11. Germany and Bavaria are not like Spain and Catalonia. We have a very different relationship to each other. In the past Bavaria likes the idea to be an independent State. There was a "fight" in the past between Prussia and Bavaria who is the leading State in Germany, if it ever gets united. And Prussia win. Because of this Berlin (the great prussian City) becomes the german Captial. And not Munich. In this time Bavaria was not the leading State and they had realy financial problems. So they make the decision to join the german unit. That makes Bavaria and the new german State stronger. "Together forever makes us stronger". Today Bavaria is a strong part of Germany. And they realy like there very old traditions. And they care for her more than the rest oft Germany! But they don't want to be indepence from Germany! That's totaly not true! So you can not compare Bavaria with Catalonia. This two states in different countrys habe a total different past. And Catalonia as an independent State makes more sense than Bavaria as an independent State. Germany is one and will not separate!!!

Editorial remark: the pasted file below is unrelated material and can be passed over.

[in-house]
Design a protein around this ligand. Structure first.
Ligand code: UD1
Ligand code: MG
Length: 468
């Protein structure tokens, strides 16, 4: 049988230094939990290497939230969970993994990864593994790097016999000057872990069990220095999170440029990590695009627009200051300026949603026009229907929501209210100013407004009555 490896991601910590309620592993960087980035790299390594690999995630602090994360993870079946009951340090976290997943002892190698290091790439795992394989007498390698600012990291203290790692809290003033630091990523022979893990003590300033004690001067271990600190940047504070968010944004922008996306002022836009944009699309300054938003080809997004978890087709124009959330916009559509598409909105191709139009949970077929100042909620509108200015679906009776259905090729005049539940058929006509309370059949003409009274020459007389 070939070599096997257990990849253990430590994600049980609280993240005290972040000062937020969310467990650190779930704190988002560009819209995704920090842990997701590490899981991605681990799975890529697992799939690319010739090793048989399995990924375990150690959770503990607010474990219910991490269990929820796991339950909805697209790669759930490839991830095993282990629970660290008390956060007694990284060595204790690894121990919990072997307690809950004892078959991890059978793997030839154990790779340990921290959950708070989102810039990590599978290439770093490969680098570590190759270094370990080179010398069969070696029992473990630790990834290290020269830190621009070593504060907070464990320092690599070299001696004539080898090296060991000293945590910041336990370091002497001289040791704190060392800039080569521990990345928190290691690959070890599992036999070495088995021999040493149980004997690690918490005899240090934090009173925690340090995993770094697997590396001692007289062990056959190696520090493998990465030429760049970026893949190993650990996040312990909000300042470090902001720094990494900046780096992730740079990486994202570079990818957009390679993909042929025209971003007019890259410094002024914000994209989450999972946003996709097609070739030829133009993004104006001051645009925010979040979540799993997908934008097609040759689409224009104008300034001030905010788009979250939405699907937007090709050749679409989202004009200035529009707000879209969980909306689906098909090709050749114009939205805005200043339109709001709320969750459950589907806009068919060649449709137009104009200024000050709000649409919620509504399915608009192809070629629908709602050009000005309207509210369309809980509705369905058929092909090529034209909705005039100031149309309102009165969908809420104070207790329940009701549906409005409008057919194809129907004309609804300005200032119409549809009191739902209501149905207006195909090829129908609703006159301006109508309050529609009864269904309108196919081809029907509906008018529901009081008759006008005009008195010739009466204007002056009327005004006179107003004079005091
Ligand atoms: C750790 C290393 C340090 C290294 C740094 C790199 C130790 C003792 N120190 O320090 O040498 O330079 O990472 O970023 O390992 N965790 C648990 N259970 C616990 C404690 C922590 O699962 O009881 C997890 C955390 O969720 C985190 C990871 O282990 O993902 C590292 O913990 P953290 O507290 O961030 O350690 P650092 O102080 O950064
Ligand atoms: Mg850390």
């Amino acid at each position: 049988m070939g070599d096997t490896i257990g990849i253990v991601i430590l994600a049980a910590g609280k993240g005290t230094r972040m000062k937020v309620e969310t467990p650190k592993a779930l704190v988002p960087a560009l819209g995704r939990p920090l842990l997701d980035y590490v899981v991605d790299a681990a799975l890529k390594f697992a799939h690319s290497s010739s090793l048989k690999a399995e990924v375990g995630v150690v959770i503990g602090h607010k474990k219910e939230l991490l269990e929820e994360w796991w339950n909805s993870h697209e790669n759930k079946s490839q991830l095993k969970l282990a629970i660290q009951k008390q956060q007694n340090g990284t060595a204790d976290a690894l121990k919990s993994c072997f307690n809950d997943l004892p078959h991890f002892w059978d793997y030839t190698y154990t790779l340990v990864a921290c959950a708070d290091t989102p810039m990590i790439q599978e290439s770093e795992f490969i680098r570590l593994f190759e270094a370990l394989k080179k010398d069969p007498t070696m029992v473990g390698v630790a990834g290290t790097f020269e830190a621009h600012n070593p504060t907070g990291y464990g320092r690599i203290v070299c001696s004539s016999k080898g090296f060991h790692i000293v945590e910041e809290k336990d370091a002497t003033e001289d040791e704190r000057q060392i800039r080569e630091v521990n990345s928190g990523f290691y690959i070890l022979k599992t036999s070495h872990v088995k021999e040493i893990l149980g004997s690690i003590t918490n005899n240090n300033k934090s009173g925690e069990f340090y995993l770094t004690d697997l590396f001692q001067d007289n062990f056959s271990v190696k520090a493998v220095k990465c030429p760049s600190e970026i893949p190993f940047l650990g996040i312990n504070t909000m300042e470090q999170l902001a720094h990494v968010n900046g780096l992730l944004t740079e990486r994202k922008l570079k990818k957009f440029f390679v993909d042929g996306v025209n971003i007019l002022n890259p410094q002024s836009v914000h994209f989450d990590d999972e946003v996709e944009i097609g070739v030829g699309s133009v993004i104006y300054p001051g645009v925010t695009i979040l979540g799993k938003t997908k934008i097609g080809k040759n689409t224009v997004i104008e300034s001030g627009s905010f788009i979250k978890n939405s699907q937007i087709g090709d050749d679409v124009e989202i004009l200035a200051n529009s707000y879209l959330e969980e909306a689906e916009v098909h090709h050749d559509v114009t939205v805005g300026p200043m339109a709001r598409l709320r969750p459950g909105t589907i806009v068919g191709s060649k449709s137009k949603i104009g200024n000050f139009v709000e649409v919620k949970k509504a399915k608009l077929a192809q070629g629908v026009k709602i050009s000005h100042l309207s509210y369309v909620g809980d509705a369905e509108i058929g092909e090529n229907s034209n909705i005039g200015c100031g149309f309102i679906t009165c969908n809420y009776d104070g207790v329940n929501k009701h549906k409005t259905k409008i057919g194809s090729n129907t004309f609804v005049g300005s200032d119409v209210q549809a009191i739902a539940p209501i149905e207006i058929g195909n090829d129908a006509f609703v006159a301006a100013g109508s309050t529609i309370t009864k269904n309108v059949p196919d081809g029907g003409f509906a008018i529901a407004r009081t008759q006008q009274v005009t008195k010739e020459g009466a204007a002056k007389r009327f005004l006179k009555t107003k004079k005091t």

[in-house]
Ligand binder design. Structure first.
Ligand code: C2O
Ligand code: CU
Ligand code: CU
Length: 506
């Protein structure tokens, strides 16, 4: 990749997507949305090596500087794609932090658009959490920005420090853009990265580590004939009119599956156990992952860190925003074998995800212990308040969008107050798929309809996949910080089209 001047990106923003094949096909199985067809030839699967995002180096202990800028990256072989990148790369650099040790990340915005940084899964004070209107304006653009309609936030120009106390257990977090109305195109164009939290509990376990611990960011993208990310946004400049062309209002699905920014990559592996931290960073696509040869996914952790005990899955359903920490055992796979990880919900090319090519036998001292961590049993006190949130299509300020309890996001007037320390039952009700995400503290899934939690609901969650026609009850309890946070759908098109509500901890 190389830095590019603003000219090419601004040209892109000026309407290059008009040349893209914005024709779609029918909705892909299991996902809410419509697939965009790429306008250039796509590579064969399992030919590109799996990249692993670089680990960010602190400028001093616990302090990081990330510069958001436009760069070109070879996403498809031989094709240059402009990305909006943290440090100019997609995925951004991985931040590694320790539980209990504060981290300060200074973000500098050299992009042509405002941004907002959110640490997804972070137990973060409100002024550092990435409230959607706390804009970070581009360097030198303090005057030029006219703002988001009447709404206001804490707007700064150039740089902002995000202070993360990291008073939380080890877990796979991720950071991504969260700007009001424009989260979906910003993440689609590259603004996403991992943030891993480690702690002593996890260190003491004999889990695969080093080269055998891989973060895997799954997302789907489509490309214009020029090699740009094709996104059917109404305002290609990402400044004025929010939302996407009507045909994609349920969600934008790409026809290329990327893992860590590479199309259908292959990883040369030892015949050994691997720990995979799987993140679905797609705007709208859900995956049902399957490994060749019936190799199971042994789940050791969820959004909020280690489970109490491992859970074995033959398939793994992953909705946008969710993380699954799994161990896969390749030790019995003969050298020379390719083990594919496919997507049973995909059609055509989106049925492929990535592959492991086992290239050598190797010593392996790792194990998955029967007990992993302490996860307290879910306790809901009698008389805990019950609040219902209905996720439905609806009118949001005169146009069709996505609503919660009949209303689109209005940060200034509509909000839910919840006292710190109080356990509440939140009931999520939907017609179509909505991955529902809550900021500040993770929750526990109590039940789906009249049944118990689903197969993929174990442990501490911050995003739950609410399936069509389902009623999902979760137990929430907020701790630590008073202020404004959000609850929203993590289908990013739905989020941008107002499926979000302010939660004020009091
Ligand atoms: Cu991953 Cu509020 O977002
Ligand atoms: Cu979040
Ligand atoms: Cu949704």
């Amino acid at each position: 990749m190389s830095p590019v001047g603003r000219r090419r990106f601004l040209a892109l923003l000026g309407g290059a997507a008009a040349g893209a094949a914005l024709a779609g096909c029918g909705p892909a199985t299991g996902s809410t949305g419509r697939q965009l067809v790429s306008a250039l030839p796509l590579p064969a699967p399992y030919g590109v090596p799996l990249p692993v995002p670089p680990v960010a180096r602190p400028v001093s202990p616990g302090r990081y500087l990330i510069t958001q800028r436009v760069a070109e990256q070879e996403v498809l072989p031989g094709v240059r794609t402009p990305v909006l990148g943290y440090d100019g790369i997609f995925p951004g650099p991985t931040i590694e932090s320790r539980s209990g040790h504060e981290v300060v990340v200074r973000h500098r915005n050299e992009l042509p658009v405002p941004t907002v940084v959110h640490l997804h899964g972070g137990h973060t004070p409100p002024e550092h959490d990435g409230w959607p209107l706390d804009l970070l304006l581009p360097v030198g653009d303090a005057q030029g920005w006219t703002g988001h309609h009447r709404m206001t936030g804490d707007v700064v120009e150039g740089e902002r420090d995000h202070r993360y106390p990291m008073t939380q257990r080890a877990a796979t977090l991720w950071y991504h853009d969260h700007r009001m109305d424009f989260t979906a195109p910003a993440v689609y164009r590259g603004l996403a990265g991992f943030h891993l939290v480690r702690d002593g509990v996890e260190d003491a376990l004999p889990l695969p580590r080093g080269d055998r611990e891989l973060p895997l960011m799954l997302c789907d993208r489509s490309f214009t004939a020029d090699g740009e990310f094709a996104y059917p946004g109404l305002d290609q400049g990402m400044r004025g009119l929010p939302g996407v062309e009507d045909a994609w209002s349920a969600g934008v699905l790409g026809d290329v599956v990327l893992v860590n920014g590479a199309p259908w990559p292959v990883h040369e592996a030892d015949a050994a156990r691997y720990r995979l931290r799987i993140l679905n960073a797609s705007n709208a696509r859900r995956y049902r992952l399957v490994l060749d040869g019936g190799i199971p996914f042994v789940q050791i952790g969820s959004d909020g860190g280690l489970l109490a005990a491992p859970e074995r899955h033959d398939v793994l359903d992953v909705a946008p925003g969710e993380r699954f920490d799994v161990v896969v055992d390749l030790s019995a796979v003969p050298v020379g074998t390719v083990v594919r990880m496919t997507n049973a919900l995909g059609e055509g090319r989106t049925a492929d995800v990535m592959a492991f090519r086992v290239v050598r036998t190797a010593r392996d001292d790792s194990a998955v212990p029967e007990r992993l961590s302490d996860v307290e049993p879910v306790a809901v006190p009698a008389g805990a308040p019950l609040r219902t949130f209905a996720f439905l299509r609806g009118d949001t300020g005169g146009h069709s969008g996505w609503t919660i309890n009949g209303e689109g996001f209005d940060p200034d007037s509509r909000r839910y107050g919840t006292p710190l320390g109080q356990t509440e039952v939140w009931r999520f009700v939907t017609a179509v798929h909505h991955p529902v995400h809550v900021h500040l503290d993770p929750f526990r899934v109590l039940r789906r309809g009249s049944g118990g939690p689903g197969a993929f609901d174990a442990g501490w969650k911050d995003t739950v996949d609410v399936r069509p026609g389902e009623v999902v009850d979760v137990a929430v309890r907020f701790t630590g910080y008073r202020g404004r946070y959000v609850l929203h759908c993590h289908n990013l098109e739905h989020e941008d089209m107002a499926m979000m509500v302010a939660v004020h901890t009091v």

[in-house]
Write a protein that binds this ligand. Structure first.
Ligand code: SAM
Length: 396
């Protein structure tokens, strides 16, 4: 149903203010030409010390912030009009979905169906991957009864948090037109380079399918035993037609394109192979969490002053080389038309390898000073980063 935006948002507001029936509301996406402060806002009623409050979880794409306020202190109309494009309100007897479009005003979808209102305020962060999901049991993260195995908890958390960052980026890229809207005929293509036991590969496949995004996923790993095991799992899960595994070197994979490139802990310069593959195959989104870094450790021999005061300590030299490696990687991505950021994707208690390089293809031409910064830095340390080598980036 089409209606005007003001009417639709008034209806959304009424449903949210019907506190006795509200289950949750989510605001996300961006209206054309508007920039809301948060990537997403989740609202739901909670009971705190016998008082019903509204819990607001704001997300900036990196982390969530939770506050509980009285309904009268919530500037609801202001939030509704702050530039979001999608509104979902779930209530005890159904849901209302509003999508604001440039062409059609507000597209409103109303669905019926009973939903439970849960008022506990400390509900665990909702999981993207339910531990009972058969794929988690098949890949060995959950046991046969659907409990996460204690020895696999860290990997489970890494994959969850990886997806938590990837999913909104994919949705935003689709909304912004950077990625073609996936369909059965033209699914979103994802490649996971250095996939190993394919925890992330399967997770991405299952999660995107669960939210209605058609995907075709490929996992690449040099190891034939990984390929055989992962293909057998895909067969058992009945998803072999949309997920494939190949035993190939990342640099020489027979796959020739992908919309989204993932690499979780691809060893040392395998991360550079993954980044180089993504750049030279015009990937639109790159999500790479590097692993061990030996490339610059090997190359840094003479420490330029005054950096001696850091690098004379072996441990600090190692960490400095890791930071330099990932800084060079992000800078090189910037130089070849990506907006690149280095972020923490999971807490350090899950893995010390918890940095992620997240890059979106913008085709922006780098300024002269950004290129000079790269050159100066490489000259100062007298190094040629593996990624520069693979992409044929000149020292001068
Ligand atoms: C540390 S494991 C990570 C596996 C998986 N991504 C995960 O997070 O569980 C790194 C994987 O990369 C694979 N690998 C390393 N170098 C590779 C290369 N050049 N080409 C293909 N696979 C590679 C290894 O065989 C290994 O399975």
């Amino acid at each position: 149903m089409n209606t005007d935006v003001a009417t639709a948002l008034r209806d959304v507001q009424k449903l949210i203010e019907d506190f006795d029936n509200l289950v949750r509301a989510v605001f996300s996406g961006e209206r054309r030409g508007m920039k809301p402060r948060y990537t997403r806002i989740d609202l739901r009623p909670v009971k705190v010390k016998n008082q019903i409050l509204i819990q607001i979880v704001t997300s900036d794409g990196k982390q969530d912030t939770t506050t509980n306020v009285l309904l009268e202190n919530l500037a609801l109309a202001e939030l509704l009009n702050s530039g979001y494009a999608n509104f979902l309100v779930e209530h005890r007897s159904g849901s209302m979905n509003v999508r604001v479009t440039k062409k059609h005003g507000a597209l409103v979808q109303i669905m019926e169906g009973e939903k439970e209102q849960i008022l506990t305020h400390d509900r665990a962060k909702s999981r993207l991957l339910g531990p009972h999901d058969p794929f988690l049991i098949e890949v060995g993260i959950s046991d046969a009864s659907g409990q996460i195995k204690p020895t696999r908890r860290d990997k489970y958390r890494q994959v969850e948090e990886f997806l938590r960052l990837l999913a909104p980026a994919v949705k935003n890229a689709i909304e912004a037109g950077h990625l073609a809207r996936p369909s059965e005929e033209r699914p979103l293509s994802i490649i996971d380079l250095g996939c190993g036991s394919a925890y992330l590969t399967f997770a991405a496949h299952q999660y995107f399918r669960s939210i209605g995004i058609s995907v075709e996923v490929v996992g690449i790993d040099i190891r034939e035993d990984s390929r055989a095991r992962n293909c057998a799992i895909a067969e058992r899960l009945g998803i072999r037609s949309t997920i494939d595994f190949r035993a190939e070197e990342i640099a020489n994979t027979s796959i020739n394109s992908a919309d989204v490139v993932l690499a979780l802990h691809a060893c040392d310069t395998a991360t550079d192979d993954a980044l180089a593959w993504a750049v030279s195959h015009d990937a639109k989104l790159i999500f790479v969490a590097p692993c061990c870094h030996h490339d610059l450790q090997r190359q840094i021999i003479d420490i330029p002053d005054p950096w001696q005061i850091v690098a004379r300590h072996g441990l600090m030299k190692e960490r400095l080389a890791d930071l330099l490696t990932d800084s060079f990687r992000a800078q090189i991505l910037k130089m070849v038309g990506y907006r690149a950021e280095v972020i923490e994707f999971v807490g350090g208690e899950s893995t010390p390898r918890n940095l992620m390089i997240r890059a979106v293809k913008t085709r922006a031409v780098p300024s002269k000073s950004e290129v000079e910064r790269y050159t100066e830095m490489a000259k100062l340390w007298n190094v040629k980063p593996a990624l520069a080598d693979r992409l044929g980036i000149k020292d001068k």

12. If Napoleon III had won the Franco-Prussian war, the Rhineland would become French, Bavaria would be it's own country and the Northern German states would never have become powerful enough to ever pose a threat to European stability.

    Our idea of "Germany" as a country has not existed for very long. It is very possible that had history played out a little different, Bavaria would have become it's own country that speak German, just like Austria